This airwing includes the Shenyang J-15, a Chinese variant of the Russian designed Su-33 Flanker D, and a limited fleet of domestic anti-submarine warfare, maritime patrol, airborne command and control support helicopters.
In contrast, CV-17 (Type 001A), the second Chinese carrier commissioned earlier this year and an enlarged variant of the Liaoning, is a 63,500-tonne, 315-metre vessel with a similar airwing capacity of 40 fixed and rotary-wing aircraft.
Both vessels use short take-off, but arrested recovery (STOBAR) ski-ramp configurations, which limit the offensive and defensive capabilities of the platform.
As a comparison, the Shandong carrier is a similar sized airwing to both the UK Royal Navy's new STOVL Queen Elizabeth Class carriers and the French Navy's conventionally powered catapult assisted take-off but arrested recovery (CATOBAR) Charles deGaulle aircraft carrier, providing China with an important naval power projection and training capability for future developments.
Recognising the limitation of these platforms, China has plans to field an expanded carrier force incorporating a fleet of large, CATOBAR aircraft carriers – to be designated the Type 002.
The Type 002 is expected to incorporate a range of advancements over the Liaoning and CV-17 vessels, including an electro-magnetic aircraft launch system (EMALS) similar to the system expected to be introduced on the US Gerald R. Ford Class carriers.
Incorporating the next-generation launch system will enable the carriers to launch and recover a range of advanced aircraft as a result of an increased size and displacement, placing the Type 002 carriers in a similar weight class to the US Navy's retired, 83,000-tonne Kitty Hawk Class aircraft carriers.
This increased size is expected to see an increased airwing including fixed-wing airborne early warning and control aircraft, advanced fighter aircraft including the evolved variants of the J-15 and potentially, J-20 and FC-31 stealth fighters and an advanced ship-borne active electronically scanned array (AESA) radar system to integrate within the supporting carrier strike group.
As an island nation, Australia is defined by its relationship with the ocean. Maritime power projection and sea control play a pivotal role in securing Australia’s economic and strategic security as a result of the intrinsic connection between the nation and Indo-Pacific Asia’s strategic sea-lines-of-communication in the 21st century.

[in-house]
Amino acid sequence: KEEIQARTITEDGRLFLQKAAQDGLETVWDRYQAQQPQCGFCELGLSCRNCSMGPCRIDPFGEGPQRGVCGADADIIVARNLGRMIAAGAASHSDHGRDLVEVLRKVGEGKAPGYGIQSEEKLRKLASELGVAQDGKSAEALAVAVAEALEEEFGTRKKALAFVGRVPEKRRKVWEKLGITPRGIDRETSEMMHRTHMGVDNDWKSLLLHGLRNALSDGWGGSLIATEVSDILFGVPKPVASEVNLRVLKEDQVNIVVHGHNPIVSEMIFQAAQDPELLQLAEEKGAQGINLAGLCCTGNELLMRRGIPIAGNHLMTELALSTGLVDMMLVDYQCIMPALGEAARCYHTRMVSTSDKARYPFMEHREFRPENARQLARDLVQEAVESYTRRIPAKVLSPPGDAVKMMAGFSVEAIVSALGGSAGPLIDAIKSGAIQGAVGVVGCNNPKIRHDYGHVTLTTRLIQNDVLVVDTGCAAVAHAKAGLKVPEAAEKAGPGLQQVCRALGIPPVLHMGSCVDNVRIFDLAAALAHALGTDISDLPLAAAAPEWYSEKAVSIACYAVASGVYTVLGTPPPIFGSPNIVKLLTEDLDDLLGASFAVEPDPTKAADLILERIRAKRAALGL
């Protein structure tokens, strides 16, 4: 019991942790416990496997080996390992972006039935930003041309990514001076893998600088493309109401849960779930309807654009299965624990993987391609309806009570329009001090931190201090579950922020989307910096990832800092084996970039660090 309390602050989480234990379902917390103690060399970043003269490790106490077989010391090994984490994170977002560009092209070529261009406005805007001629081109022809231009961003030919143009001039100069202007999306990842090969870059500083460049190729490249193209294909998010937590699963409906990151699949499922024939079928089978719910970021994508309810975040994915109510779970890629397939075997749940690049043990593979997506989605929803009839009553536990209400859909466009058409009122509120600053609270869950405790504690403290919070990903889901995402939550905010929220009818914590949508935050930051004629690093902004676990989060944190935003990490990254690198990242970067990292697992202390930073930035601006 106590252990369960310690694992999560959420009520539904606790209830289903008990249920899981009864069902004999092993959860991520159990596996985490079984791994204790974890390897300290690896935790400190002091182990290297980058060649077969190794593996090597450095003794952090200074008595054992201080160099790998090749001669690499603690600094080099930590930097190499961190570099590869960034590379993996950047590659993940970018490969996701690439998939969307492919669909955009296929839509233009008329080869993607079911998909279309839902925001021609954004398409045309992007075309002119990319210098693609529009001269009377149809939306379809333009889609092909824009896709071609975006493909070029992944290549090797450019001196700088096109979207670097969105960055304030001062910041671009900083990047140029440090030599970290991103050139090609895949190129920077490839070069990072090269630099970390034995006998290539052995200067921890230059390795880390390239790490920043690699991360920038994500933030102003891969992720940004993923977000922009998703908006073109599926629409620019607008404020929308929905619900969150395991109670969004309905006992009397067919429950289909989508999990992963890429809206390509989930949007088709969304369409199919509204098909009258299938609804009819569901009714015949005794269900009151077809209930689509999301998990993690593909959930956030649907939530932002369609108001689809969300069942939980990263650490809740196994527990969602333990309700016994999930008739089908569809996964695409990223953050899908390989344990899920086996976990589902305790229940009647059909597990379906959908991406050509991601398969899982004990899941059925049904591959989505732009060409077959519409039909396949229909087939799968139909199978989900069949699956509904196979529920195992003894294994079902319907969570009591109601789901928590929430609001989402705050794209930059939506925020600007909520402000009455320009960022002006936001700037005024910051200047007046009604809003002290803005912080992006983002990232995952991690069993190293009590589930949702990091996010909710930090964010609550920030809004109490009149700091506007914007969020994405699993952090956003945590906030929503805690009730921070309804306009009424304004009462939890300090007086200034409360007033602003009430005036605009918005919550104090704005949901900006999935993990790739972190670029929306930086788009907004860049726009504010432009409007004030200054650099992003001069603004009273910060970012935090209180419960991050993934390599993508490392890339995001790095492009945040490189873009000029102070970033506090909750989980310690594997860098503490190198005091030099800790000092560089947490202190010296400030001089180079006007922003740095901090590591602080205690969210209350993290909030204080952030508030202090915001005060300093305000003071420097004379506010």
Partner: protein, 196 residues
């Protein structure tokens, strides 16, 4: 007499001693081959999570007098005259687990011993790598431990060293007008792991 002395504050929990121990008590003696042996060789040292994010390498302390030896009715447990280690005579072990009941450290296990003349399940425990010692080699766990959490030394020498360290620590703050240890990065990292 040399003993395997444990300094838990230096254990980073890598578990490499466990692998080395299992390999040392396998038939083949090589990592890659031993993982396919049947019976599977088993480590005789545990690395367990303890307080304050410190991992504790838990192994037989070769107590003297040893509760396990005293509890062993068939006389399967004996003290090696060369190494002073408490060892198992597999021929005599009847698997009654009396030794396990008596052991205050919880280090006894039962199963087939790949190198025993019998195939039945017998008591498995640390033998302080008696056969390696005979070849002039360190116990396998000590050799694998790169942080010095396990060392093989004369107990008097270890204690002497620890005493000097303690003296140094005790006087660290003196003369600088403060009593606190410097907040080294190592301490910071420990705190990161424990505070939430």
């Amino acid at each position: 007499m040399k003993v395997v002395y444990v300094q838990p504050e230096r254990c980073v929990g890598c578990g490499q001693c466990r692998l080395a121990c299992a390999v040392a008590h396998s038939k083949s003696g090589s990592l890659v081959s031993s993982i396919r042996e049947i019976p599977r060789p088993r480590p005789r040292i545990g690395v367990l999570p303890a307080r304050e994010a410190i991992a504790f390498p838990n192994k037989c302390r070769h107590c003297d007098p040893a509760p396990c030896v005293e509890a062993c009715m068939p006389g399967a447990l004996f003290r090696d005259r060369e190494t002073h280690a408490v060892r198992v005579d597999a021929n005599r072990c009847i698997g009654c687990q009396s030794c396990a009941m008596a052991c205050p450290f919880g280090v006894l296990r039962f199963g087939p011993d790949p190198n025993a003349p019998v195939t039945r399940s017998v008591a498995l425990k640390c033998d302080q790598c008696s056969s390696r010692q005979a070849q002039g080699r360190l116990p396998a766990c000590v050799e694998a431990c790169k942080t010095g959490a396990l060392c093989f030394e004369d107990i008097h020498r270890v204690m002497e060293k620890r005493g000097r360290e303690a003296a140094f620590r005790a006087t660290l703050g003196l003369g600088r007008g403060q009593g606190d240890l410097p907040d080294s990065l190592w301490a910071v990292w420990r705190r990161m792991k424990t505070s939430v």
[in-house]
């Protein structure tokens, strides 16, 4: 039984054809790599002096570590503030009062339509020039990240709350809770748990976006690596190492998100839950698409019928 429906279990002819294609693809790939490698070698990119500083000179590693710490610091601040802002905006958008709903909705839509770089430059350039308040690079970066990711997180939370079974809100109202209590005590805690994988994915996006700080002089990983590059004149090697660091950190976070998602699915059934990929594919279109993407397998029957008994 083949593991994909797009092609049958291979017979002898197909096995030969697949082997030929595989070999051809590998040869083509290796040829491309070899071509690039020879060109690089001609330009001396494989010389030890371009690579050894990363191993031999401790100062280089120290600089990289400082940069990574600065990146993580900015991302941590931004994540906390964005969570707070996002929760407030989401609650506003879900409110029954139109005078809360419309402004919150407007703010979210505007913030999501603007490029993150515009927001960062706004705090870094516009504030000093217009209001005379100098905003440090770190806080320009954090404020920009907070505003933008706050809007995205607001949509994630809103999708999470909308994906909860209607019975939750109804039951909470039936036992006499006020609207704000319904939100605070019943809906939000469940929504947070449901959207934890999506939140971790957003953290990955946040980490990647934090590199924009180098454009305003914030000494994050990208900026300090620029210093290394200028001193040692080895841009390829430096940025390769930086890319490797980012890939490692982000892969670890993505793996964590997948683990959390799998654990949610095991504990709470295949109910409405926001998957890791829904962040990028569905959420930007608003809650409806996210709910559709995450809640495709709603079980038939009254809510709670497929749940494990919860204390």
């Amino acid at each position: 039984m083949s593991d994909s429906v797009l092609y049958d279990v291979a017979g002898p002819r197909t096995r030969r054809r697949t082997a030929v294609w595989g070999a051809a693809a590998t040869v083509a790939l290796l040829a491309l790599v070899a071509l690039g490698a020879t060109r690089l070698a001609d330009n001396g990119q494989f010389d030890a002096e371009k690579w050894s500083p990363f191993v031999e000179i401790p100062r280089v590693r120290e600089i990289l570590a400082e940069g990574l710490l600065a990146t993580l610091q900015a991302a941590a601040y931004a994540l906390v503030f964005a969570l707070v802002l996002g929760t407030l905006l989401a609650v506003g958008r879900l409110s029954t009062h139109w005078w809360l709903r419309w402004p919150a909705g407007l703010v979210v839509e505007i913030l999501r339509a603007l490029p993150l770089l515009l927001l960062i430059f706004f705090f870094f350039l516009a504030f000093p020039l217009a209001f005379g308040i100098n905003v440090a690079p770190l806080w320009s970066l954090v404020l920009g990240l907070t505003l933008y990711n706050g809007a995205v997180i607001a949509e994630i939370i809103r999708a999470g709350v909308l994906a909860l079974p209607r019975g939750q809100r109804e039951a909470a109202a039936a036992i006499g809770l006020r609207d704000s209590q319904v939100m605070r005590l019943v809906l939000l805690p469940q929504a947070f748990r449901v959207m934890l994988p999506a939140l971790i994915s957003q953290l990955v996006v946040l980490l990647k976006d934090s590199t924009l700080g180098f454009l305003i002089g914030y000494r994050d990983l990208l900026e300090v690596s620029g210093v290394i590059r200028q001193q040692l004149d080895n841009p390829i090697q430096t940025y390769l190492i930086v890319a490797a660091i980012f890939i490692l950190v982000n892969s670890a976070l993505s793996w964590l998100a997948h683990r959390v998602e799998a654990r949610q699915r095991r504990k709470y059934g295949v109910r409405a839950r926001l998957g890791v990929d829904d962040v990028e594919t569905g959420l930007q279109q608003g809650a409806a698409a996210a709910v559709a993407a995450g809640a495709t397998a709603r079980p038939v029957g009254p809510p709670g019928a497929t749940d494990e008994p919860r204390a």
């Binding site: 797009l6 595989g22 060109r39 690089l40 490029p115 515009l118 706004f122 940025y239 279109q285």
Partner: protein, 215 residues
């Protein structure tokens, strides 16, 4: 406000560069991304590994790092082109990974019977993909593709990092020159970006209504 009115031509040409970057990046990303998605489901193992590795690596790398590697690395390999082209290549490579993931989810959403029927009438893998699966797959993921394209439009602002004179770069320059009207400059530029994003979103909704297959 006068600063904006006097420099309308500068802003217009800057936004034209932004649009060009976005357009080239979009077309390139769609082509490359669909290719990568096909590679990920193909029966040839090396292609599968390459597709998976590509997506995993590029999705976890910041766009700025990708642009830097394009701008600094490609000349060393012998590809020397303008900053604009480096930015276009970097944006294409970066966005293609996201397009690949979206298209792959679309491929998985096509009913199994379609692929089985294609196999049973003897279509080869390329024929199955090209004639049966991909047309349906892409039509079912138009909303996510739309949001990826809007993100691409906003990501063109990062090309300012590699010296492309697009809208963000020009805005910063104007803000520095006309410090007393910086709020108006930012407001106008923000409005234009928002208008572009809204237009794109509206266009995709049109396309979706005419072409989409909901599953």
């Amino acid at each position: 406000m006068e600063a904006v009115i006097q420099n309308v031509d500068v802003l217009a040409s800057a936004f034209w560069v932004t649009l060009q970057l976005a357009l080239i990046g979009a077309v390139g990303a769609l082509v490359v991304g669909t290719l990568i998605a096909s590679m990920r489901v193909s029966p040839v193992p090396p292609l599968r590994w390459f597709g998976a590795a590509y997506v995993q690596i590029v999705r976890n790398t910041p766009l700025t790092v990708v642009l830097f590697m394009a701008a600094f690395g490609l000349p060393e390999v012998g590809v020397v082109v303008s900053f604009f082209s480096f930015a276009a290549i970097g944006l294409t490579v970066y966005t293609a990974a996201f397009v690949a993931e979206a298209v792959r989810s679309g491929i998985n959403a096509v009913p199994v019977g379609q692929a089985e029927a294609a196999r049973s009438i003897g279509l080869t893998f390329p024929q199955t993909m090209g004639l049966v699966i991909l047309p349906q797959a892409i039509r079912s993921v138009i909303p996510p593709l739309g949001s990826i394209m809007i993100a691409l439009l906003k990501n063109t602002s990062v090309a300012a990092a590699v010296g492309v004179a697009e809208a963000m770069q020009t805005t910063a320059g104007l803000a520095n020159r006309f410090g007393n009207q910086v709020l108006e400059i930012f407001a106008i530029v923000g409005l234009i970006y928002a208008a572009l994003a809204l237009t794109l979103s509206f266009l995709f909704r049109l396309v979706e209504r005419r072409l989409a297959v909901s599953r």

Further compounding Australia's precarious position is an acceptance that 'Pax Americana', or the post-Second World War 'American Peace', is over and Australia will require a uniquely Australian approach and recognition that the nation is now solely responsible for the security of its national interests with key alliances serving a secondary, complementary role to the broader debate.
Increasingly, multi-domain air power plays an important role in the efficacy of naval forces and serves as a key component in both the force structure and capability development plans for both South Korea and Australia.
These similarities support not only closer relationships between the two nations that share unique geo-political and strategic similarities, but also provide the opportunity to develop robust force structures to respond to the rapidly evolving regional strategic environment.
Recognising this changing regional environment – what carrier options are available to Australia should the nation's leaders elect to pursue a return to fixed-wing naval aviation for the Royal Australian Navy?
Traditionally, Australia has focused on a platform-for-platform acquisition program – focused on replacing, modernising or upgrading key capabilities on a like-for-like basis without a guiding policy, doctrine or strategy, limiting the overall effectiveness, survivability and capability of the RAN.